Yesterday evening my good old acquaintance anxiety paid me a surprise visit. We were already lying in bed, everything was quiet, I was about to nodd off, when suddenly a fuse in my head blew. From 0 to 200 in less than a second. My heart pounded wildly, I couldn’t breathe, the thought “That’s it! I’m dying!” made me get up and stumble away from my bed. I have no idea where I wanted to go, I didn’t get far anyway: I broke down sobbing and blabbering nonsense at the door. Meanwhile, my husband had woken up, made me get up and tried to calm me down. I pushed him away, stumbled to the window, noticed that snow had fallen, and stumbled on aimlessly through the dark room. Then, as if a plug had been pulled, it was over. I could breathe again, and my heart rate dropped. We went to bed again and slept. When it’s over, it’s over, and we both are used to these things.
My anxiety has many faces. Sometimes, she comes over for a quick visit, like yesterday. Sometimes, she stays for a few ours. Or she tells her sister agitation to pay me a visit, who likes to stay for a few days. I don’t know when it will happen. I know that some factors, like stress, make it more likely that I suffer from an anxiety attack. Meds make anxiety attacks happen less frequently, and they help me to calm down, but they don’t make it go away completely.
This short and violent anxiety attacks are the worst. I’m fine, and next thing I know I am drowning in a vortex of emotions. No med works this fast, I can only hope it wears off quickly. If an episode builds up slowly, I can stop it with breathing exercises, Reiki or try distraction. But I can’t fight against an attack from nowhere.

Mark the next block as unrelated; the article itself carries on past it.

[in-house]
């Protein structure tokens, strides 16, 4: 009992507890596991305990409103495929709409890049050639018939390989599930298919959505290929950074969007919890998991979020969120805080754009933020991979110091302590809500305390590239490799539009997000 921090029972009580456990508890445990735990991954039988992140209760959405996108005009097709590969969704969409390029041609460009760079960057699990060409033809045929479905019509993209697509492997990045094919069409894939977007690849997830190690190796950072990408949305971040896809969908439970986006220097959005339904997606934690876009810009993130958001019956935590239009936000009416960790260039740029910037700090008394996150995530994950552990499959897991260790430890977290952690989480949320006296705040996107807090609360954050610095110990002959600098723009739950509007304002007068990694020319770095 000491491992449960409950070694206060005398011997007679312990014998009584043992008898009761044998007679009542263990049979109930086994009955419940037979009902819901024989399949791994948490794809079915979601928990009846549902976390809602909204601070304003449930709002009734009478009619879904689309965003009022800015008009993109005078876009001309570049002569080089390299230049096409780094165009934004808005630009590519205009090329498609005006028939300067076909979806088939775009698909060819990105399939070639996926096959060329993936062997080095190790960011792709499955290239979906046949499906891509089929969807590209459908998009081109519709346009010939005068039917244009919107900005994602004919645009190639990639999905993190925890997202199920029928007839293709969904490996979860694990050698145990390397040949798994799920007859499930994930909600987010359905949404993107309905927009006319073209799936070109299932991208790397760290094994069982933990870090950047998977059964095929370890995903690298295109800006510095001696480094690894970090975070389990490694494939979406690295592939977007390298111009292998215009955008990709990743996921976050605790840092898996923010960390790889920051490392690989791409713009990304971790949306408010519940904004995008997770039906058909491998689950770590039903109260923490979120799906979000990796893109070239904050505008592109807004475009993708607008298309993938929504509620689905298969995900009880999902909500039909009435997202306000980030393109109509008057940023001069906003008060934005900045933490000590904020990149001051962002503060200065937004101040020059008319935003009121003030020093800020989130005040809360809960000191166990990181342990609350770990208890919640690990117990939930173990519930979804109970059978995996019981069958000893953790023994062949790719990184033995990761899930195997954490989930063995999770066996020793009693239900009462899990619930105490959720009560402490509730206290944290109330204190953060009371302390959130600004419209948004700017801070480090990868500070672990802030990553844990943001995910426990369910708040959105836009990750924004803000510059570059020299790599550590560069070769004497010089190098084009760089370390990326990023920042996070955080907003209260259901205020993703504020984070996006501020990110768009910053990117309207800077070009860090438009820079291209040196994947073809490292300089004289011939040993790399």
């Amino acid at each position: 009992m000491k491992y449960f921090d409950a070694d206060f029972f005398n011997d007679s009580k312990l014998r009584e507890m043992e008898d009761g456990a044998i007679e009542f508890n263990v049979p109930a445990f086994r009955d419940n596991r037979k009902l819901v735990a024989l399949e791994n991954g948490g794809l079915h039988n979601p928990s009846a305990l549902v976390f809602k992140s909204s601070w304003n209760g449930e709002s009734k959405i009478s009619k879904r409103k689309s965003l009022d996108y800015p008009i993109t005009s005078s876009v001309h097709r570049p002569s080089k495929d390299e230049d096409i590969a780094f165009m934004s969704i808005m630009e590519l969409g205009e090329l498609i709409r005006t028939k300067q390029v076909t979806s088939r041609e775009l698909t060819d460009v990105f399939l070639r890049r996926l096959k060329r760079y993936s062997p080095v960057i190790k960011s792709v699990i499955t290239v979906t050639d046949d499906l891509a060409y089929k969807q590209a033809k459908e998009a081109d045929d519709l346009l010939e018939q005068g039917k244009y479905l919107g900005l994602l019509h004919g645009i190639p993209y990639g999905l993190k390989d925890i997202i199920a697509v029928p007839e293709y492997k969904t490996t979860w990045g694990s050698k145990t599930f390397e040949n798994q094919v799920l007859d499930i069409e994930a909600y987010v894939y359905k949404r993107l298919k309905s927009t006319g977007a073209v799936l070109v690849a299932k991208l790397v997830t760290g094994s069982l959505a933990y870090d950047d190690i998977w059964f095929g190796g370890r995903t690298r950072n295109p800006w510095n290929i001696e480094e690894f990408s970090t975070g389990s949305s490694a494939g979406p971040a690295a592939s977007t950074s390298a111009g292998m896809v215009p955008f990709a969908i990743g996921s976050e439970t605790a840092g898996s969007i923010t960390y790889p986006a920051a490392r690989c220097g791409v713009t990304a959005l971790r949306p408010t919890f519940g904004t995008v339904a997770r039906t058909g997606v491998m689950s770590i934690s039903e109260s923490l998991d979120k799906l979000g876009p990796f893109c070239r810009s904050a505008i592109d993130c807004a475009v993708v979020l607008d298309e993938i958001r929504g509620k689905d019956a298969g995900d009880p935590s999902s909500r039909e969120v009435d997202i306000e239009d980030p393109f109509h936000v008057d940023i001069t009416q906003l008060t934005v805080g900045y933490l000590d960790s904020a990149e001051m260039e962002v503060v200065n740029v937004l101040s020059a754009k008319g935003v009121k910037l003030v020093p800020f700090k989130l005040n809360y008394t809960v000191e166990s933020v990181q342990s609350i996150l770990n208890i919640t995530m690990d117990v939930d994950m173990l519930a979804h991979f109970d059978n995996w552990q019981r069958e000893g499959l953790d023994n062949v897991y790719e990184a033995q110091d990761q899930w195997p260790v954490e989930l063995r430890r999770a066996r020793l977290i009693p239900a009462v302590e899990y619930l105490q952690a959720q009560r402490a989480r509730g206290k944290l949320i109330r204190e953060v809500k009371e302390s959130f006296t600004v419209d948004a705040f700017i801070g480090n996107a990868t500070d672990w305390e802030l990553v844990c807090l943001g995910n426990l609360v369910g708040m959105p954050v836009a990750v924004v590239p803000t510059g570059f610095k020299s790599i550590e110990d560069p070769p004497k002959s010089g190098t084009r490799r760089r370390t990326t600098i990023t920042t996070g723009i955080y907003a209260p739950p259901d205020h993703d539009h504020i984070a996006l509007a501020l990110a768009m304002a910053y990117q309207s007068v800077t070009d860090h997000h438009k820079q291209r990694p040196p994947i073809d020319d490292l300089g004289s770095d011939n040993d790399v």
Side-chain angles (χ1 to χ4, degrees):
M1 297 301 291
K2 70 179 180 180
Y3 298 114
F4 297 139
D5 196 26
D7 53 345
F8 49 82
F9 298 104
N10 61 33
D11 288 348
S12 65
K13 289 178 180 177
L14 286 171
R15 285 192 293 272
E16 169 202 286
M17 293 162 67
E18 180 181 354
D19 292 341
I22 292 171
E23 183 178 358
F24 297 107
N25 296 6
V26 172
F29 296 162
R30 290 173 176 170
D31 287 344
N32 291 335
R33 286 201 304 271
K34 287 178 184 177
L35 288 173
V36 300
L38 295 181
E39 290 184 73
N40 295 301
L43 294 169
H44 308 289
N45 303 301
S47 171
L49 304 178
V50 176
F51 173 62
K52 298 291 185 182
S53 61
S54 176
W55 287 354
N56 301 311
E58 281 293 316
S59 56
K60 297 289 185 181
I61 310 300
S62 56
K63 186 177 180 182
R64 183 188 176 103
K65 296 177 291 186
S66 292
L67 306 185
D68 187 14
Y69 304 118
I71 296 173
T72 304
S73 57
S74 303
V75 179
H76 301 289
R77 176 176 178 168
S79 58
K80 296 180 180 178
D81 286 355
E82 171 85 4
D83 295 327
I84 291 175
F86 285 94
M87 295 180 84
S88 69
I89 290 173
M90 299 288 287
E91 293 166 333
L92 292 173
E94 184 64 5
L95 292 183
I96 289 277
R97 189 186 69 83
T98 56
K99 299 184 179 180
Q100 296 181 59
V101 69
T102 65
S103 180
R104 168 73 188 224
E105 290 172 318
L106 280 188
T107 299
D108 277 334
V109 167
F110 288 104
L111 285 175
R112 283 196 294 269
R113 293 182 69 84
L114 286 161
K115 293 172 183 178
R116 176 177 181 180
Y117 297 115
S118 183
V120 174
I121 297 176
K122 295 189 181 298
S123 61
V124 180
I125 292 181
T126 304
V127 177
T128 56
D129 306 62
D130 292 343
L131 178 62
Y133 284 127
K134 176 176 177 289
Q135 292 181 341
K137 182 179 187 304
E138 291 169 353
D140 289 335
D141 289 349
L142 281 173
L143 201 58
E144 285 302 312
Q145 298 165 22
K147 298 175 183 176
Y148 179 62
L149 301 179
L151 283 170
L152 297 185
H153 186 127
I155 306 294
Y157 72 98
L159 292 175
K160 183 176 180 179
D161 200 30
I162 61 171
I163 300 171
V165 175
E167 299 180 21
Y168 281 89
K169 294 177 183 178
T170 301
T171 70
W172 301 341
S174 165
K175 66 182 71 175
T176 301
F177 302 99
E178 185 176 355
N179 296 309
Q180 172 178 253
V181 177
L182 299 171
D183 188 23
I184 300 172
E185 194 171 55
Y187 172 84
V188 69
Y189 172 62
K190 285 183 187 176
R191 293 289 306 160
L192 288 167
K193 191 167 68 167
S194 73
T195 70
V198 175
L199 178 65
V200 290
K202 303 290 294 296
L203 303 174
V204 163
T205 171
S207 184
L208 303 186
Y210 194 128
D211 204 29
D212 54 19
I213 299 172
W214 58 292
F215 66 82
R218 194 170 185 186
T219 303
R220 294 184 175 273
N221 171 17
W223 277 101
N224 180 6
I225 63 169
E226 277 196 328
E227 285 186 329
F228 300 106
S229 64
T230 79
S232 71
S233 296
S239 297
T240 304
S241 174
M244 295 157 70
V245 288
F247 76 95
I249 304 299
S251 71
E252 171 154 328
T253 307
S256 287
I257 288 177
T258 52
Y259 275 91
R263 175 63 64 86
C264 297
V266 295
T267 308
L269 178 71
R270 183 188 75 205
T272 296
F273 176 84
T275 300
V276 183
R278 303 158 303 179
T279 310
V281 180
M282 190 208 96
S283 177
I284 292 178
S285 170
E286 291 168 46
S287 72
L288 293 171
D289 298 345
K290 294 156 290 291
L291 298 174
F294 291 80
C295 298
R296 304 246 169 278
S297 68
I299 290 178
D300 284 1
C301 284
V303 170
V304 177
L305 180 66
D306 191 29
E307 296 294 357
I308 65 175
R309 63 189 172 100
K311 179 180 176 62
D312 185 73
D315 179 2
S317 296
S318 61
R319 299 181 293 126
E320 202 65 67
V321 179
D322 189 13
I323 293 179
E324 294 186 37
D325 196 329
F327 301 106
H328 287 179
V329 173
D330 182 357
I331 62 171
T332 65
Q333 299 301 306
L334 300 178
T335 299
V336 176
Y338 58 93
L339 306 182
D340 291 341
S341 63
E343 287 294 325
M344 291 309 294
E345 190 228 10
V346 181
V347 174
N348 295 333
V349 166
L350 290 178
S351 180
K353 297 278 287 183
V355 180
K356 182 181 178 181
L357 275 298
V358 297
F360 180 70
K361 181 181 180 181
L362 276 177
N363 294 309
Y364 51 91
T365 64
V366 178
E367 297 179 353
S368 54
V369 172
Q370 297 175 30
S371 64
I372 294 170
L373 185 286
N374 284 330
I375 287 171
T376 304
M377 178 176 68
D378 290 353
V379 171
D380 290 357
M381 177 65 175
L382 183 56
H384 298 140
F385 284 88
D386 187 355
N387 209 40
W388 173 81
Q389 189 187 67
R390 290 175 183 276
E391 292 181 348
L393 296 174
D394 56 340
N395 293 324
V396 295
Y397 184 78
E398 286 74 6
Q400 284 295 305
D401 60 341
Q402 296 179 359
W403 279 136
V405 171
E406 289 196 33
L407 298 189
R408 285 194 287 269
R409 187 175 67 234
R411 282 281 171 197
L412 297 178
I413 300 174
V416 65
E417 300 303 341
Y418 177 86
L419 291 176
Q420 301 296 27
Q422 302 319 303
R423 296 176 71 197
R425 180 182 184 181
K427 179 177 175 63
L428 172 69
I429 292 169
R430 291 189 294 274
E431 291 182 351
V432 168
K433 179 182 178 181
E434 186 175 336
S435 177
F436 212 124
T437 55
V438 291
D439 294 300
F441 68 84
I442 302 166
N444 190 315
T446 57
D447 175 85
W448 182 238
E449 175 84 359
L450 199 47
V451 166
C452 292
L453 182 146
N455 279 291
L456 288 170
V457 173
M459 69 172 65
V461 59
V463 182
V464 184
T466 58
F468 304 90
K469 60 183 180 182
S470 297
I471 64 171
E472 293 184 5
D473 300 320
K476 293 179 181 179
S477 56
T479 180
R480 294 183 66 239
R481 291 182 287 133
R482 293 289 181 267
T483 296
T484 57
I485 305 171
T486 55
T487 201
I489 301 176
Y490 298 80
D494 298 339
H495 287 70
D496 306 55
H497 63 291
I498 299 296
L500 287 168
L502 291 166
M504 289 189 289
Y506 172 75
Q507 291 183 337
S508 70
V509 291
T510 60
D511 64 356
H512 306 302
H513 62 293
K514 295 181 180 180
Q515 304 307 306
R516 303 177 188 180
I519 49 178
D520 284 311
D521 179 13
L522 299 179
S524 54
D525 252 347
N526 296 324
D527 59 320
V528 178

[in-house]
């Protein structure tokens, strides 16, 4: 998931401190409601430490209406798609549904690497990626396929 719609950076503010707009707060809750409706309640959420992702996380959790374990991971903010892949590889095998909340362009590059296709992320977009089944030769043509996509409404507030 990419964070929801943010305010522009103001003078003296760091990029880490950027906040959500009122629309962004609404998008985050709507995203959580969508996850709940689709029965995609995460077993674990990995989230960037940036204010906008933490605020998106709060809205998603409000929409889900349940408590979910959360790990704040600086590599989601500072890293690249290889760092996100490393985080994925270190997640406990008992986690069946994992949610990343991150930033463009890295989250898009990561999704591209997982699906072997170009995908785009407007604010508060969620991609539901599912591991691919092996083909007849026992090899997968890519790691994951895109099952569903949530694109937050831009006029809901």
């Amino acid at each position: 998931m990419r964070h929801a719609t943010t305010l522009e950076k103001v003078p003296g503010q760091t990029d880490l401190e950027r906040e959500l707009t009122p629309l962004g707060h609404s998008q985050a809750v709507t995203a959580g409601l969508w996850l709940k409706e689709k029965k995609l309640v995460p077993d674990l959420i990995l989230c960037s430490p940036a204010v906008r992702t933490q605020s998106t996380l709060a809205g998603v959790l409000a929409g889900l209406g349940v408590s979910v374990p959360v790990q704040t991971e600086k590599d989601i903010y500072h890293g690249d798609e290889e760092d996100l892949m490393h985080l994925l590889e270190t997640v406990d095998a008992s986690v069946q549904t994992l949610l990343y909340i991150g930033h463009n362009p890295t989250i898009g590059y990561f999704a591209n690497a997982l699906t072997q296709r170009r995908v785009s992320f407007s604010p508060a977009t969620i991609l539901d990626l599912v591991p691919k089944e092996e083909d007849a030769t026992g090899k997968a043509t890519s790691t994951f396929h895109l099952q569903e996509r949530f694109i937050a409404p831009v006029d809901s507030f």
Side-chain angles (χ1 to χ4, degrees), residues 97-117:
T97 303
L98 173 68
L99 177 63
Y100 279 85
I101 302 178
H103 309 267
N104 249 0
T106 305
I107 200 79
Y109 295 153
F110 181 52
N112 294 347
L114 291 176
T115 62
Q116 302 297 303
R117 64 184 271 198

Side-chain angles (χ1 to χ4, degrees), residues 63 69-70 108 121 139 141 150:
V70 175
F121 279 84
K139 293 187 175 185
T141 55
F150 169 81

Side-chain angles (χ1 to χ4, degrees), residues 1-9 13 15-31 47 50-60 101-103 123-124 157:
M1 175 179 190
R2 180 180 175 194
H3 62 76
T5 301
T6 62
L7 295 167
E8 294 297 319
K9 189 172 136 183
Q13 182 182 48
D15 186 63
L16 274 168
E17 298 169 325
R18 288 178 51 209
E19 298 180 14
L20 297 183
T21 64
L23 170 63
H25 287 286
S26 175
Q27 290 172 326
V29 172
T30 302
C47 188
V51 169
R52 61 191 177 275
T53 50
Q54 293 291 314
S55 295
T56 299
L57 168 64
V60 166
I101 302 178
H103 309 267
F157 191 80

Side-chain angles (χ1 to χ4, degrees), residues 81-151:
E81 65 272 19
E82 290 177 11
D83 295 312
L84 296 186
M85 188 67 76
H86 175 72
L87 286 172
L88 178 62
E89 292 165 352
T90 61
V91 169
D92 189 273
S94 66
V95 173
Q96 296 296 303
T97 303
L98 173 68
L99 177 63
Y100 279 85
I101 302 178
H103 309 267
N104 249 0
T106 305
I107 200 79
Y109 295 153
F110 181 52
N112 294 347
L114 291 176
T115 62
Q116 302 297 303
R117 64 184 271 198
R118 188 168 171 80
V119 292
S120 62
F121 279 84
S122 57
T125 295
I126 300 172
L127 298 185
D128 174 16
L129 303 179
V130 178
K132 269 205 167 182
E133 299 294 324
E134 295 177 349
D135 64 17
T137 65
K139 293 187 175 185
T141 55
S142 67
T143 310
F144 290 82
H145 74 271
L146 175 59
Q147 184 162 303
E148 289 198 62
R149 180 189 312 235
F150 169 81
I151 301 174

I am used to a feeling of dread from my early childhood. My first real anxiety attack happened in primary school during a lesson of physical education. We were sitting on the floor and listening to the teacher, when suddenly everything closed in on me… I saw one of the open windows, and I knew I had to get out. The teacher allowed me to step out for a while. The dreadful feeling soon passed, and I wondered what just happened…
Until my sixteenth birthday, I rarely had anxiety attacks. Then it hit me with a vengeance again, when I was sitting in a train on the way to my grandmother. I cant’t breathe, my heart stops beating, I am about to drop dead. Somehow I managed to get off the train, took a taxi to my grandmother, and called my parents to come and get me. Fear gradually took over all of my life, until I didn’t leave home anymore.
Speak therapy, in-patient stays at Child and Adolescent Psychiatry and living in a therapeutic children’s home for eight months pushed the anxiety back – for now. She reared her ugly head from time to time, but I could ignore her.
Until it came back in 2005. This time it took me of guard, while I was driving in my car. All I could do was pull over and wait till it was over. Luckily nobody got hurt. From this day, anxiety refused to leave my side. No therapy, in patient hospital stay or meds made it go away completely. And anxiety brought her brother, depression.
I have accepted that anxiety always will be a part of my life. I learned not to live in constant fear of fear. I will never get used to it, though.